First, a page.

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of the acid spirit in distillation, which vellicating and contracting as a stimulus might have proved a counterpoise to the excessive lubricating and relaxing qualities of the oil.

62. Woods in decoction do not seem to yield so sipe and elaborate a juice, as that which is depoSiced in the cells or loculi terebinthiaci, and spontaneously oozes from them. And indeed though the balsam of Peru, obtained by boiling wood and fcumming the decoction, be a very valuable medi. cine and of great account in divers cases, particularly asthmas, nephritic pains, nervous colics and obstructions, yet I do verily think (and I do not say this without experience) that tar-water is a more efficacious remedy in all those cases than even that costly drug.

63. It hath been already observed that the restorative pectoral antihyfterical virtues of the most precious balsams and gums are possessed in a high degree by tar-water (a). And I do not know any purpose answered by the wood drinks, for which tar-water may not be used with at least equal success. It contains the virtues even of Guaiacum which seems the most efficacious of all the woods, warming and sweetening the humours, diaphoretic and useful in gouts, dropsies and rheums, as well as in the foul disease. Nor should it seem ftrange, if the virtues obtained by boiling an old dry wood prove inferior to those extracted from a balsam.

64. There is a fine volatile spirit in the waters of Geronfter, the most esteemed of all the fountains about Spa, but whose waters do not bear transporting. The stomachic, carcliac, and diuretic qualities of this fountain somewhat resemble those of tarwater, which, if I am not greatly mistaken, con.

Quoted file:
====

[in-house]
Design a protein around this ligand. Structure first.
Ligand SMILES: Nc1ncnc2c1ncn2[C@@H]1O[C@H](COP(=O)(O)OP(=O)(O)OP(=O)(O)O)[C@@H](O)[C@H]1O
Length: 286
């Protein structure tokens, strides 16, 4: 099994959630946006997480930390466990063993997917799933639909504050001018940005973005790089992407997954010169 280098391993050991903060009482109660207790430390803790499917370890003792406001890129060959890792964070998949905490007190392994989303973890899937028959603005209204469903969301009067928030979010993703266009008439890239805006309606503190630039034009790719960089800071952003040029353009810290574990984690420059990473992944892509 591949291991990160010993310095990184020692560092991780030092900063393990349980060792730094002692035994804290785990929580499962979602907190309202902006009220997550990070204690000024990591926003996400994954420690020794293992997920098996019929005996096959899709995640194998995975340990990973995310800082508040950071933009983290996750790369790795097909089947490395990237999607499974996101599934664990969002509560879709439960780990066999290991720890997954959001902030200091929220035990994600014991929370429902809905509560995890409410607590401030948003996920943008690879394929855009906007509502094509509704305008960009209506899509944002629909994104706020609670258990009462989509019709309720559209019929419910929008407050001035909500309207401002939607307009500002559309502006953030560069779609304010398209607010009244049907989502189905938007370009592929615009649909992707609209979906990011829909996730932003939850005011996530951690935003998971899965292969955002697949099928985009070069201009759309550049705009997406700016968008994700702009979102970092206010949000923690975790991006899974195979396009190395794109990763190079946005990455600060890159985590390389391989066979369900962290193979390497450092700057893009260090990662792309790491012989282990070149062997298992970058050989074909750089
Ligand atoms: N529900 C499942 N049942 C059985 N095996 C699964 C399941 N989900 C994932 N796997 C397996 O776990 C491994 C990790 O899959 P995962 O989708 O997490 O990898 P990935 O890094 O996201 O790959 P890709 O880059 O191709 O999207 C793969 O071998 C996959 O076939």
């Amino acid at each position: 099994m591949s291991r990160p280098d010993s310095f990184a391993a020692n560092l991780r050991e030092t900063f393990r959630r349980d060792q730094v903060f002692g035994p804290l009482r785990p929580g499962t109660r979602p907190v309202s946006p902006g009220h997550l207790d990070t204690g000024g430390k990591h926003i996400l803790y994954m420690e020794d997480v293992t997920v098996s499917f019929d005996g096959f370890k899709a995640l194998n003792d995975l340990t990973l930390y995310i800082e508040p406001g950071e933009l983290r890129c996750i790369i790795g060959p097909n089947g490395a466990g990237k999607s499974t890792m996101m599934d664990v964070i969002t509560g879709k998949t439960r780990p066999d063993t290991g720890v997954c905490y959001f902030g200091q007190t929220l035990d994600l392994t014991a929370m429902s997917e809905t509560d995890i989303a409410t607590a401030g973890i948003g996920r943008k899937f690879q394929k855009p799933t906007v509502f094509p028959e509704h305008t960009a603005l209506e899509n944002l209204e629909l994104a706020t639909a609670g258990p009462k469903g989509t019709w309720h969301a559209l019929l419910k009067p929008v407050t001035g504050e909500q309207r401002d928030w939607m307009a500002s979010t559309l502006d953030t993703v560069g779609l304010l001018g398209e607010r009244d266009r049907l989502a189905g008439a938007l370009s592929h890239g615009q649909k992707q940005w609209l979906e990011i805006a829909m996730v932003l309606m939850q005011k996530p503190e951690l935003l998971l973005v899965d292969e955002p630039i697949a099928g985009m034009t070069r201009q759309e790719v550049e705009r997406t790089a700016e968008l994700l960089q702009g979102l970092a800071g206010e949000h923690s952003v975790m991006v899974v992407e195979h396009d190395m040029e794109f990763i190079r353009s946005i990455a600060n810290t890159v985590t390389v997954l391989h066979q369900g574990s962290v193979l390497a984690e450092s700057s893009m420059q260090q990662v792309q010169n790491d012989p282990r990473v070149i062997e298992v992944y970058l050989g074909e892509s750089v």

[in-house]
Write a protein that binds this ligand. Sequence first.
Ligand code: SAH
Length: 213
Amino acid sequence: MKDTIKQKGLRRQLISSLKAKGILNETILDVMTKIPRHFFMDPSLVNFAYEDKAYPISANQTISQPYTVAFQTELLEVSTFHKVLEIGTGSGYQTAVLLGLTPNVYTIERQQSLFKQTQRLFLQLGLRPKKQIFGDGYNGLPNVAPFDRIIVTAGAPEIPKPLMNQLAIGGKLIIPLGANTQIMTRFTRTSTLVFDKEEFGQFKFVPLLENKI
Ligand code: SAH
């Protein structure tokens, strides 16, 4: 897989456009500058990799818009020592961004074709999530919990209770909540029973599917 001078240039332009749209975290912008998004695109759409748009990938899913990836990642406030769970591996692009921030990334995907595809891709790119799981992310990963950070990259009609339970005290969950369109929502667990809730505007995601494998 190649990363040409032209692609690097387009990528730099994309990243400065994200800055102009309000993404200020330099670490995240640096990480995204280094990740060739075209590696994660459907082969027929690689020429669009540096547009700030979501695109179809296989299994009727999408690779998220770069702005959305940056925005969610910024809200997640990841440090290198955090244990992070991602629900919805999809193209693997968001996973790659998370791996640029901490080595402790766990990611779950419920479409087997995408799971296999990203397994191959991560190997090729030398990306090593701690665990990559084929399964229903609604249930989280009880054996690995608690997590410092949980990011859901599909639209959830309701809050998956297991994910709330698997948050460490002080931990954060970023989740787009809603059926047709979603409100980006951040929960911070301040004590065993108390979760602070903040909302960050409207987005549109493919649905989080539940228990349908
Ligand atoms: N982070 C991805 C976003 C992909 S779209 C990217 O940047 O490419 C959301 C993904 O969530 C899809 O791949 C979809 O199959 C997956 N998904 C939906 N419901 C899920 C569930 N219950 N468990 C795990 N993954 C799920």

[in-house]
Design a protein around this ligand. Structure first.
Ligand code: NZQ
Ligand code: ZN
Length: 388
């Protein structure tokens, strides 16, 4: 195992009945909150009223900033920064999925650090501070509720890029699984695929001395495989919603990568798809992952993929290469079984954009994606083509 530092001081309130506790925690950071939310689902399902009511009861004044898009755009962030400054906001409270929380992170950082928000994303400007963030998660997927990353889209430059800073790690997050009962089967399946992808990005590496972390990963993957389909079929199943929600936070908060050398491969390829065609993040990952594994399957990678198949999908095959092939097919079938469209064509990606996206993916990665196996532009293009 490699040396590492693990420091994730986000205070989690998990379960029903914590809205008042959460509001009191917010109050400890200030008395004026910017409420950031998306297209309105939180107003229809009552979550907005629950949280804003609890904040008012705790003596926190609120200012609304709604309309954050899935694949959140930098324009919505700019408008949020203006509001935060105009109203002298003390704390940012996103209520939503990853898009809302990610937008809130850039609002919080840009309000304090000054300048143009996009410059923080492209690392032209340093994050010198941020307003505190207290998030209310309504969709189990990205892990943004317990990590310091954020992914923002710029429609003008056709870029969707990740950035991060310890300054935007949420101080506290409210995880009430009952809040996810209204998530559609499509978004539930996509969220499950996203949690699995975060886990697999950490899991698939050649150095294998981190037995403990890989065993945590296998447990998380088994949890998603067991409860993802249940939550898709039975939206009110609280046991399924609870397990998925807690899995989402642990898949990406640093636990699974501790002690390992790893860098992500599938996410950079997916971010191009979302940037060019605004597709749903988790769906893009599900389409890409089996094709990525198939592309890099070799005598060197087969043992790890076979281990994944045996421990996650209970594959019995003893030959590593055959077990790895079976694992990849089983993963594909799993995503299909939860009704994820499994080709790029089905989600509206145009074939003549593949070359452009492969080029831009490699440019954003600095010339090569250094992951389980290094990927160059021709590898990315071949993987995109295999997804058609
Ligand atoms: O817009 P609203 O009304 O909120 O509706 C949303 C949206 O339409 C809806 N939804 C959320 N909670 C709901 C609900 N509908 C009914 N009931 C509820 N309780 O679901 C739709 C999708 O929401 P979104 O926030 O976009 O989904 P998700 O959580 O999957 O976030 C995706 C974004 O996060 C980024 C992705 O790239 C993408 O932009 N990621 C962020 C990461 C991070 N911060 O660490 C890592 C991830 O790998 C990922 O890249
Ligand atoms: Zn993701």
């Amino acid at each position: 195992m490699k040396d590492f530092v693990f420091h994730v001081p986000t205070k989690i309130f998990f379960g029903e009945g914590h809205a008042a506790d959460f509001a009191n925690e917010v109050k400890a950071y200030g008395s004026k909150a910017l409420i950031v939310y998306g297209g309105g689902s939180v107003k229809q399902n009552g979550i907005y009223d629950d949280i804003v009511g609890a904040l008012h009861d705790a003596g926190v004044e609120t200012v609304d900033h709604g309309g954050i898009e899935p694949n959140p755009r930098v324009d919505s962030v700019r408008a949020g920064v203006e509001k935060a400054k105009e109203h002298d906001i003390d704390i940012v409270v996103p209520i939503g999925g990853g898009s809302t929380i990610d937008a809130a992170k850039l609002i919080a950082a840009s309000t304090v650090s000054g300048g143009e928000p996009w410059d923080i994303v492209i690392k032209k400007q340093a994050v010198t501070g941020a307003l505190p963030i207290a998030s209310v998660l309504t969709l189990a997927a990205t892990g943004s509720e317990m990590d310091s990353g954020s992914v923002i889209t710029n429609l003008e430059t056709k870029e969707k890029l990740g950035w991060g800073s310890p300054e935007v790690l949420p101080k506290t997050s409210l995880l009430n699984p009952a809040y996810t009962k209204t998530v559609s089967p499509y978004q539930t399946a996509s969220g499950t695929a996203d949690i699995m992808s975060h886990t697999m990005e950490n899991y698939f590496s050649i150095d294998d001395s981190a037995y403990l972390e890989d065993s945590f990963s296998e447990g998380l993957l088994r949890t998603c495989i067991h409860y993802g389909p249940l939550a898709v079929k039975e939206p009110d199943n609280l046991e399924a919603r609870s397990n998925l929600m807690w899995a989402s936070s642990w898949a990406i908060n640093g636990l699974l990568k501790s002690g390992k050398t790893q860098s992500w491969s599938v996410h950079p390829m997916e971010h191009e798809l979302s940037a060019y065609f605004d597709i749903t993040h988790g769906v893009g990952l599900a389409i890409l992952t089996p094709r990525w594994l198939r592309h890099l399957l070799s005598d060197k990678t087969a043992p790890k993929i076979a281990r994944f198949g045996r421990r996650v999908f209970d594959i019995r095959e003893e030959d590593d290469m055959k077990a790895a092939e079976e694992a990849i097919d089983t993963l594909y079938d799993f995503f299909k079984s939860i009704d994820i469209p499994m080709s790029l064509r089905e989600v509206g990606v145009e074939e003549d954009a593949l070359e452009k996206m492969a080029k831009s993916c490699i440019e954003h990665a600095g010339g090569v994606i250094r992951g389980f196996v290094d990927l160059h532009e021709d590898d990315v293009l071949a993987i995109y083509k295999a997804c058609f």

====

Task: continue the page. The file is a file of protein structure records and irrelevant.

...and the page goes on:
(a) Sect. 9, 21, 22, 23.

tains

which I never fer no restraint it may study, o

tains the virtues of the best chalybeat and sulphurcous waters; with this difference, that those wacers are apt to affect the head in taking, which tarwater is not. Besides there is a regimen of dier to be observed, especially with chalybeat waters, which I never found necessary with this. Tara water layeth under no restraint either as to diet, hours, or employment. A man may study, or exercise, or repose, keep his own hours, pass his time either within or without, and take wholesom nourishment of any kind.

65. The use of chalybeat waters, however excellent for the nerves and stomach, is often suspended by colds and infiammatory disorders; in which they are acknowledged to be very dangerous. Whereas tar-water is so far from hurting in those cases, or being discontinued on chat account, that it greatly contributes to their cure (a).

66. Cordials, vulgarly so called, act immediately on the stomach, and by consent of nerves on the head. But medicines of an operation too fine and light to produce a sensible effect in the primæ viæ, may, nevertheless, in their paffage chrough the capillaries, operate on the sides of those small vessels, in such manner as to quicken their oscillations, and consequently the motion of their contents, producing, in issue and effect, all the benefits of a cordial much more lasting and salutary than those of fermented spirits, which by their caustic and coagulating qualities do incomparably more mischief chan good. Such a cardiac medicine is tar-water. The transient fits of mirth, produced from fermented liquors, are attended with proportionable depreslions of spiric in their intervals. But the calm chearfulness arising from

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this water of health (as it may be justly called) is permanent. In which it emulates the virtues of that famous plant Gen Seng, so much valued in China as the only cordial that raiseth the spirits without depressing them. Tar-water is so far from hurting the nerves as common cordials do, that it is highly useful in cramps, spasms of the viscera, and paralytic numbness.

67. Emetics are on certain occasions adminiftred with great success. But the overstraining and weakening of nature may be very justly apprehended from a course of emetics. They are nevertheless prescribed and substituted for exercise. But it is well remarked in Plato's Timæus that vomits and purges are the worst exercile in the world. There is something in the mild operation of tar-water, that seems more friendly to the economy, and forwards the digestions and secretions in a way more natural and benign, the mildness of this medicine being such that I have known children take it, for above six months together, with great benefit, and without any inconvenience; and after long and repeated experience I do esteem it a most excellent diet drink fitted to all seasons and ages.